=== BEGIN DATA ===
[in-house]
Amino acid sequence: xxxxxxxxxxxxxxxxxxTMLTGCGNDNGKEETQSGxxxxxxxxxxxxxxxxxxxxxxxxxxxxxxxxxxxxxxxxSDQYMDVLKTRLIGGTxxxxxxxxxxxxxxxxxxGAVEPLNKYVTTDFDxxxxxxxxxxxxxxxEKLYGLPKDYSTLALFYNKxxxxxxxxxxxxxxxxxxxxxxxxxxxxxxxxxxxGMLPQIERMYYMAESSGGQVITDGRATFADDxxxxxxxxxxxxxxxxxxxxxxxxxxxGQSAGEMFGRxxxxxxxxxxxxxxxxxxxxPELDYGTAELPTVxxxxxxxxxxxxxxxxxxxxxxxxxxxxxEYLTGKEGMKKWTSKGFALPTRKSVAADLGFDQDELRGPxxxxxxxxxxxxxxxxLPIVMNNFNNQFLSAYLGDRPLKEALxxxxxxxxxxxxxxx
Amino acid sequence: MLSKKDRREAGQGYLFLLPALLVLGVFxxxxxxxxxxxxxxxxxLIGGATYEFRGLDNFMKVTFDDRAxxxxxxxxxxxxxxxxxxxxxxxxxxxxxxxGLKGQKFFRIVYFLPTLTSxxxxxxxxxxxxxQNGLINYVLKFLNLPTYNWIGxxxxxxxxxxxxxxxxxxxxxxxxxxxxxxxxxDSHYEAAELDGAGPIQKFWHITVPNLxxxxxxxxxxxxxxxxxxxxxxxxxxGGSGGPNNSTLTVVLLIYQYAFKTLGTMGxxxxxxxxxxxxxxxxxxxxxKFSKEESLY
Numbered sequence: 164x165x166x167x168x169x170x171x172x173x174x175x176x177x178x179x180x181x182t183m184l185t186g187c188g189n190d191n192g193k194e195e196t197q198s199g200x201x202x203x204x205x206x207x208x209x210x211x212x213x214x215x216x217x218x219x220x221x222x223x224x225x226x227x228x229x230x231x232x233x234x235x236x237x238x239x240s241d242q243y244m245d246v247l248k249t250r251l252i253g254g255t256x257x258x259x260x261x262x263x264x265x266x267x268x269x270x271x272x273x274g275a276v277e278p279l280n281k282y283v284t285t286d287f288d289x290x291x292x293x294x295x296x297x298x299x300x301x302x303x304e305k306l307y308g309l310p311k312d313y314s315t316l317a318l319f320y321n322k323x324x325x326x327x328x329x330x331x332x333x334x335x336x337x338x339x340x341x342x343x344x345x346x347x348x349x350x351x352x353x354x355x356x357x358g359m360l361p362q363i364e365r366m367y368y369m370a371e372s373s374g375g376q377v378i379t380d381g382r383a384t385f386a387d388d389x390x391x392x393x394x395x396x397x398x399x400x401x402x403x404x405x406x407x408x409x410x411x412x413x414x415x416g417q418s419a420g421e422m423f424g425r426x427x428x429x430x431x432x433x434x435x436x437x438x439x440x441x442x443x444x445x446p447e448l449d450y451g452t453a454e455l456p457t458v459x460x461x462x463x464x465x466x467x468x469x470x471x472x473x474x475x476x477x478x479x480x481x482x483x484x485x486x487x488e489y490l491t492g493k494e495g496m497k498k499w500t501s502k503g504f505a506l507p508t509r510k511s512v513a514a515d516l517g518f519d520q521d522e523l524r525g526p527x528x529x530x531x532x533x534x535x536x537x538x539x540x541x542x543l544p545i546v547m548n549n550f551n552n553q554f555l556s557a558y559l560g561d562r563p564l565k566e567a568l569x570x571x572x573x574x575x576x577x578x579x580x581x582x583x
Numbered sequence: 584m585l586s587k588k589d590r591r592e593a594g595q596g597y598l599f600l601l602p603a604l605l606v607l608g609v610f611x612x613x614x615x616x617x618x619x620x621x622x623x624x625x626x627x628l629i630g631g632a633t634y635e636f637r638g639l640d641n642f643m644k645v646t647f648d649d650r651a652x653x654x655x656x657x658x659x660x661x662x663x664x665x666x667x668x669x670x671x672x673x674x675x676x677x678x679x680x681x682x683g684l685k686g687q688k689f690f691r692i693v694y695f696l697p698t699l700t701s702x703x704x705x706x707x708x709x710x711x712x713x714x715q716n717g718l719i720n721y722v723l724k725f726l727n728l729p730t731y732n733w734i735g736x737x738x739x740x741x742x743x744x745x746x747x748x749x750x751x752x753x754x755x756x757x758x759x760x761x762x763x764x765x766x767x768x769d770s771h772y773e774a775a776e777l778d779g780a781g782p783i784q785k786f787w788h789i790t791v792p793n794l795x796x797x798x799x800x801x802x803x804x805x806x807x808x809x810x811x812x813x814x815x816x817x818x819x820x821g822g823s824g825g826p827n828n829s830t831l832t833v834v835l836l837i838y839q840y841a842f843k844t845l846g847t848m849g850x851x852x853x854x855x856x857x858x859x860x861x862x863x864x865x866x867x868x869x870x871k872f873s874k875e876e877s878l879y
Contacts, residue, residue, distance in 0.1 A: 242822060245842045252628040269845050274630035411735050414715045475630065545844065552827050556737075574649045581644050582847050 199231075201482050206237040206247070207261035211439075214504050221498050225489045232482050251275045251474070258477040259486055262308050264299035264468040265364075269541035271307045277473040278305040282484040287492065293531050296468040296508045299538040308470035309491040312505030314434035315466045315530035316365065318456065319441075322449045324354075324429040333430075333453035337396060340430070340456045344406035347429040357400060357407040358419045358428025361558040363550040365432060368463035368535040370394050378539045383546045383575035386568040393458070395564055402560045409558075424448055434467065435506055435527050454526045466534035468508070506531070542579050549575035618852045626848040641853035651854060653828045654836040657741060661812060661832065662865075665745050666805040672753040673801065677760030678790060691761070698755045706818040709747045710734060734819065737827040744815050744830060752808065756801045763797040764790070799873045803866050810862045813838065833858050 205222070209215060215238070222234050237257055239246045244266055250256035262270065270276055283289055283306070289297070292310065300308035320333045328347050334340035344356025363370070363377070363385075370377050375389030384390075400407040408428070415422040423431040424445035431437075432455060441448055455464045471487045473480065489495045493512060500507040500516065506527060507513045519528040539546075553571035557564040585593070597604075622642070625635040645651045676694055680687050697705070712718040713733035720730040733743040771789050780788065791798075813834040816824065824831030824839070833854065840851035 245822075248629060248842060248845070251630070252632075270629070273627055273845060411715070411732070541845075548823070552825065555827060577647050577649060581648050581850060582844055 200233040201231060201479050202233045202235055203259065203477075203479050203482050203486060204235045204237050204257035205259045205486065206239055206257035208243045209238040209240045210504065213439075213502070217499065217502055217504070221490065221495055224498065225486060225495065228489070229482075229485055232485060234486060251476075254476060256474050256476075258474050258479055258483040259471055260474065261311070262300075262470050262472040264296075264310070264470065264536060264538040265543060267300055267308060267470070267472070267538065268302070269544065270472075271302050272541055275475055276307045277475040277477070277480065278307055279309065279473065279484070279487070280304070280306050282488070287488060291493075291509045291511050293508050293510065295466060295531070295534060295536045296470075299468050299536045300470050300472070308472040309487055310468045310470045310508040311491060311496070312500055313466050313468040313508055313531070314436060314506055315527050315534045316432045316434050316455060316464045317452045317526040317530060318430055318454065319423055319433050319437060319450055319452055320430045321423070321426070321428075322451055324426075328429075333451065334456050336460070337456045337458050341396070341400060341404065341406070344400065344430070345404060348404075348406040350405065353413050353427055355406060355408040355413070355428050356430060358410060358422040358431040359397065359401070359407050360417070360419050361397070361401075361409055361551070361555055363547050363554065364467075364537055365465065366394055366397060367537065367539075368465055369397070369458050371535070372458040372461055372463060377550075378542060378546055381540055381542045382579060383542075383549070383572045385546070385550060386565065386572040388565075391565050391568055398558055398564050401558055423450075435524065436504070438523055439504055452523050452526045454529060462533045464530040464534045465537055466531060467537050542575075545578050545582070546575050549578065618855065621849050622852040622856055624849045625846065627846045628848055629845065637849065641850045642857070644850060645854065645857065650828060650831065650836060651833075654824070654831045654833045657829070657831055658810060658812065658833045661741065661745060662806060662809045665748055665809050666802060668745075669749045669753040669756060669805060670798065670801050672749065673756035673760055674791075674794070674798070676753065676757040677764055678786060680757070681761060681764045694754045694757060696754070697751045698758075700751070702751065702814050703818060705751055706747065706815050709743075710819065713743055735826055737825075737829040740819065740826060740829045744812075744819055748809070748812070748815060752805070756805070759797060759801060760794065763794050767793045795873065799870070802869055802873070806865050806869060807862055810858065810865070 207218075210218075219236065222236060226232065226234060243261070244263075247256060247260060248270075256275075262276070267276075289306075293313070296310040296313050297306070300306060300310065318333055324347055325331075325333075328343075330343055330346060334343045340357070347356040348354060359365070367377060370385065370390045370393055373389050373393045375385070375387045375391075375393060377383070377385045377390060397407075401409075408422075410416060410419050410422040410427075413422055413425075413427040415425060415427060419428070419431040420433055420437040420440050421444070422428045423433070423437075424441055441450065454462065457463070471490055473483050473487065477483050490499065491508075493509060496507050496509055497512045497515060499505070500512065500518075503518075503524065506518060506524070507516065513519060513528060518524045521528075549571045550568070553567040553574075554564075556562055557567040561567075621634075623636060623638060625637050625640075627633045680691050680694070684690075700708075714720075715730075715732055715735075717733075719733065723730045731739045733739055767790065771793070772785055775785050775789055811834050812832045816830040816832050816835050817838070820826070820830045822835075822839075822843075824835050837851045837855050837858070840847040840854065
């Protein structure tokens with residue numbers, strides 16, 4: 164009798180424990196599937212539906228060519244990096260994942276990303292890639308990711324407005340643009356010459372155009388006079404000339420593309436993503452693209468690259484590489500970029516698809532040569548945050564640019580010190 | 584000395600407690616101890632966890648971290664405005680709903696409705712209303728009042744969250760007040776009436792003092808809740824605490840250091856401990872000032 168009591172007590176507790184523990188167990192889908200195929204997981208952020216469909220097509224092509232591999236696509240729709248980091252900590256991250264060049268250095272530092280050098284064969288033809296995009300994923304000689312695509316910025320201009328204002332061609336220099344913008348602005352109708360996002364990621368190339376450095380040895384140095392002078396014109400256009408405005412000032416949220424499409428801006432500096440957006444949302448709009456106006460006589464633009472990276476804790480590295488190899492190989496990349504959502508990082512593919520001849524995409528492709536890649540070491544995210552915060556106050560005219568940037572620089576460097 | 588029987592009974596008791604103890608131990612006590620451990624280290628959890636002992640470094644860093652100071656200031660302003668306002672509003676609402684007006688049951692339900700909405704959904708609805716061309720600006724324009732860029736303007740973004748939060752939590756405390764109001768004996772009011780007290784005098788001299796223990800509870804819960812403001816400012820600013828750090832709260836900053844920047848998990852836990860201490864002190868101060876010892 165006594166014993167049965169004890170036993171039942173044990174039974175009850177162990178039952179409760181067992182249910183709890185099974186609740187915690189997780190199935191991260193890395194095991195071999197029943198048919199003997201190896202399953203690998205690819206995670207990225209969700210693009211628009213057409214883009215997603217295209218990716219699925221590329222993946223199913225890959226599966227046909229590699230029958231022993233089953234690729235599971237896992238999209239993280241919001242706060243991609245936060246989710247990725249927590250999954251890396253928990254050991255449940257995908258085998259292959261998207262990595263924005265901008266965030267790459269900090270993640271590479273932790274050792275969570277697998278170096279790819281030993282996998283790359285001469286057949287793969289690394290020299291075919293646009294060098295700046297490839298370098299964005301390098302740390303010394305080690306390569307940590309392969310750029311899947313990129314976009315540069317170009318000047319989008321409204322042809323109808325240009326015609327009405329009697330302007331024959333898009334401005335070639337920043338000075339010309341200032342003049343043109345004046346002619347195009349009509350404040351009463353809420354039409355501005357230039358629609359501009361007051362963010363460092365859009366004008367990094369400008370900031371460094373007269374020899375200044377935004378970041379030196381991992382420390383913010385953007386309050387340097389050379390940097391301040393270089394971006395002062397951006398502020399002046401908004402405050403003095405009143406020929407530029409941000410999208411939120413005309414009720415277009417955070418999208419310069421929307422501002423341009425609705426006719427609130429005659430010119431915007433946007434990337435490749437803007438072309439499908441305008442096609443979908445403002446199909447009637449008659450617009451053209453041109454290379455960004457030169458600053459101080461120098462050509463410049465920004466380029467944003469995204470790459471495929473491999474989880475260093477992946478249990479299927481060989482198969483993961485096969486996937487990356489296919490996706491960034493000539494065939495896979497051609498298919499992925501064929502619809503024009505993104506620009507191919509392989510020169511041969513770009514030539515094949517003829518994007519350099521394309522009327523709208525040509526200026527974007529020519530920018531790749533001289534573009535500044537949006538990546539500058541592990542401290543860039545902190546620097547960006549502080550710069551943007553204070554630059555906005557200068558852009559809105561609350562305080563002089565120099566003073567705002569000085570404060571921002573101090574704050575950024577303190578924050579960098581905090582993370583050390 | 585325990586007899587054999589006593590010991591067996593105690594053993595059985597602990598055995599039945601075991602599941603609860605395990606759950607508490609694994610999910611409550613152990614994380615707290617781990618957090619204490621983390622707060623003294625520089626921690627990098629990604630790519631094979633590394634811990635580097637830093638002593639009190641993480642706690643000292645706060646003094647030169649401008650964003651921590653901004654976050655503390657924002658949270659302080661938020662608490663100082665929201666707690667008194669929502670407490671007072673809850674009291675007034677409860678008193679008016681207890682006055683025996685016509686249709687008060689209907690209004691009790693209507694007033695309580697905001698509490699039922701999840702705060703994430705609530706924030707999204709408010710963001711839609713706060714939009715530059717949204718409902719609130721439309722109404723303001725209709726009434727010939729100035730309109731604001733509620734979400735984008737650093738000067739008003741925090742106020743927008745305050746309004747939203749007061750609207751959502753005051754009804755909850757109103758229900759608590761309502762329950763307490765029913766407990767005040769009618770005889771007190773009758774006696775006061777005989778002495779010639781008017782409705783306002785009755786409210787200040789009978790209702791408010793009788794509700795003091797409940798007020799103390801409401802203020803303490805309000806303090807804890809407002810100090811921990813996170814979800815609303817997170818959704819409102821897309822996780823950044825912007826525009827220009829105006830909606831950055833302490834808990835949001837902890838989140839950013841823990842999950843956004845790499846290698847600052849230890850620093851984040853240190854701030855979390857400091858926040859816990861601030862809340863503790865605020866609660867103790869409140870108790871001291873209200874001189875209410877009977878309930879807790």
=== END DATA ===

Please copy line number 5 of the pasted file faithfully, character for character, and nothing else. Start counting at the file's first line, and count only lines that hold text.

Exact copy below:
Numbered sequence: 584m585l586s587k588k589d590r591r592e593a594g595q596g597y598l599f600l601l602p603a604l605l606v607l608g609v610f611x612x613x614x615x616x617x618x619x620x621x622x623x624x625x626x627x628l629i630g631g632a633t634y635e636f637r638g639l640d641n642f643m644k645v646t647f648d649d650r651a652x653x654x655x656x657x658x659x660x661x662x663x664x665x666x667x668x669x670x671x672x673x674x675x676x677x678x679x680x681x682x683g684l685k686g687q688k689f690f691r692i693v694y695f696l697p698t699l700t701s702x703x704x705x706x707x708x709x710x711x712x713x714x715q716n717g718l719i720n721y722v723l724k725f726l727n728l729p730t731y732n733w734i735g736x737x738x739x740x741x742x743x744x745x746x747x748x749x750x751x752x753x754x755x756x757x758x759x760x761x762x763x764x765x766x767x768x769d770s771h772y773e774a775a776e777l778d779g780a781g782p783i784q785k786f787w788h789i790t791v792p793n794l795x796x797x798x799x800x801x802x803x804x805x806x807x808x809x810x811x812x813x814x815x816x817x818x819x820x821g822g823s824g825g826p827n828n829s830t831l832t833v834v835l836l837i838y839q840y841a842f843k844t845l846g847t848m849g850x851x852x853x854x855x856x857x858x859x860x861x862x863x864x865x866x867x868x869x870x871k872f873s874k875e876e877s878l879y